Teaching Weather Charts (last week) and In-Flight 'Lesson' Taught Today
January 23, 2005
Although I was dreading having to teach weather charts (i.e., Prognostic Charts, Surface Analysis, etc.....), last week; all the preparation I put into my notes, paid-off and made what would have otherwise been a challenging teaching session work with relative smoothness.
Even John, was short on questions designed to elicit more information in my presentation (which usually is a good indicator that I've presented the information, well).
Later last week, I took 7TX and 'taught' John how to taxi, takeoff and land, Chandelles and Steep Turns (commercial style with 50 degree banks). Went well,, although I needed a little polish on verbally explaining the maneuver and performing it at the same time.
I've been creating a folder of notes on my new notebook computer that 'Santa' got me last Christmas. I've also been storing some useful animations for visual aids to support some of my lesson presentations on the notebook PC, as well. Some of the sessions I presented at the beginning, I had presented off-the-cuff and although this worked with the initial subjects the problem with going without notes is that sometimes I would miss an important item here and there. So, for those sessions where I didn't teach from notes; I'm now going back to create notes for my CFI ground session folder so that I'll have a ready library of ground session notes to draw from when I become a CFI.
Today, I got up and in the air and 'taught' my 'student' (by now you know that John, my CFI is masquerading as my student), Chandelles, Eights on Pylons, Steep Spirals and Slow Flight (both in clean and landing configurations). I did fairly well, overall. Although I did have a few instances where my tongue went in gear before my brain was started; for instance, I explained how to maintain pivotal altitude a little backwards... John got quite a chuckle out of it and I didn't realize my wording mistake until he repeated back what I had just said. Just one of those things. John explained to me that I just needed to slow down my speech to keep from 'tripping over my own tongue' <GRIN> .
Back to RHV I set-up the approach and made a fine landing and taxied back to Nice Air.
John, debriefed me and on the whole the lesson had gone well! Gotta practice pacing myself on the explanations! :)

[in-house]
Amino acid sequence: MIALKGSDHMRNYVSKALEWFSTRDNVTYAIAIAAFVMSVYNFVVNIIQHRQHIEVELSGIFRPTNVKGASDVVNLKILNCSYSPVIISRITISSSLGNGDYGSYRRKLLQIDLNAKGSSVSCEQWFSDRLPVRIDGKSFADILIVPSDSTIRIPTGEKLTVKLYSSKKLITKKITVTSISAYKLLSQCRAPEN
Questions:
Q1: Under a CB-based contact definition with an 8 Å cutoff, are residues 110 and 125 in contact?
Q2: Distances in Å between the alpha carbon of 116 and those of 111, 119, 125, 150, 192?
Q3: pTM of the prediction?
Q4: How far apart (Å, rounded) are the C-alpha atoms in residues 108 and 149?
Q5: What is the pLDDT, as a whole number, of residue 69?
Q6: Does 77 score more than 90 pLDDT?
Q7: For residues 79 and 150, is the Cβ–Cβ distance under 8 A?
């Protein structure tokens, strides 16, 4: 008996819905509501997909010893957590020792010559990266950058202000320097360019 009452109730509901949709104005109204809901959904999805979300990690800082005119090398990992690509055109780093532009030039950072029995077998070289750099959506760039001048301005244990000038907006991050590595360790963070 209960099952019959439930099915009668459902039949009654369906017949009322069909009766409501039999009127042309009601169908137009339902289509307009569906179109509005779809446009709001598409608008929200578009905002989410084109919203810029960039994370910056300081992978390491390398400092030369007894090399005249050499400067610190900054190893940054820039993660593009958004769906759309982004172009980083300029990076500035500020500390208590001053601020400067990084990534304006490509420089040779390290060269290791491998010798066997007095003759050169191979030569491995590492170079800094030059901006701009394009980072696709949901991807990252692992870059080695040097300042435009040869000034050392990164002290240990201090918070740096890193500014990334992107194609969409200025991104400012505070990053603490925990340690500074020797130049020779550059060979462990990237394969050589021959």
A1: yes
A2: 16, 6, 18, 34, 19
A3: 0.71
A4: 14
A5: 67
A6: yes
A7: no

Next session (this coming Thursday), I'll be teaching a ground session on Emergencies, Night and High Altitude operations and one other item,,, can't recall at the moment,, gotta check my notes for it. :) Then the next flight session will occur next week with a ground session devoted entirely to teaching how to plot a cross-country trip.
Don't know if I mentioned, already, but last week my CFI mentioned to me that I should start thinking about the CFI checkride and when I might want to schedule it. Having said that, though, we still have to go over flight in the Arrow III which I haven't flown awhile because it was down for maintenance (as you'll recall for my Commercial checkride last September I used an Arrow II that my FBO had arranged to borrow from a nearby FBO). It shouldn't take a lot of familiarization since I have flown the Arrow III, before - still likely there will be some procedures to recall and some rust to knock-off in flying the Arrow III, again.
If you don't know or recall; I'll be flying part of my CFI checkride in the Cessna 172 and the other part of it in the Arrow III for all those items that require flight demonstrations in a 'complex' (plane with retractable landing gear and constant speed prop) aircraft.
I can hardly believe I'm almost 'there' to prep for my Flight Instructor checkride... Wow,,,,, what a long way I've come on this journey that began with that first flight! :)
Below graphic designed by: Jeff Bucchino,
"The Wizard of Draws" (copyright owner) http://www.wizardofdraws.com
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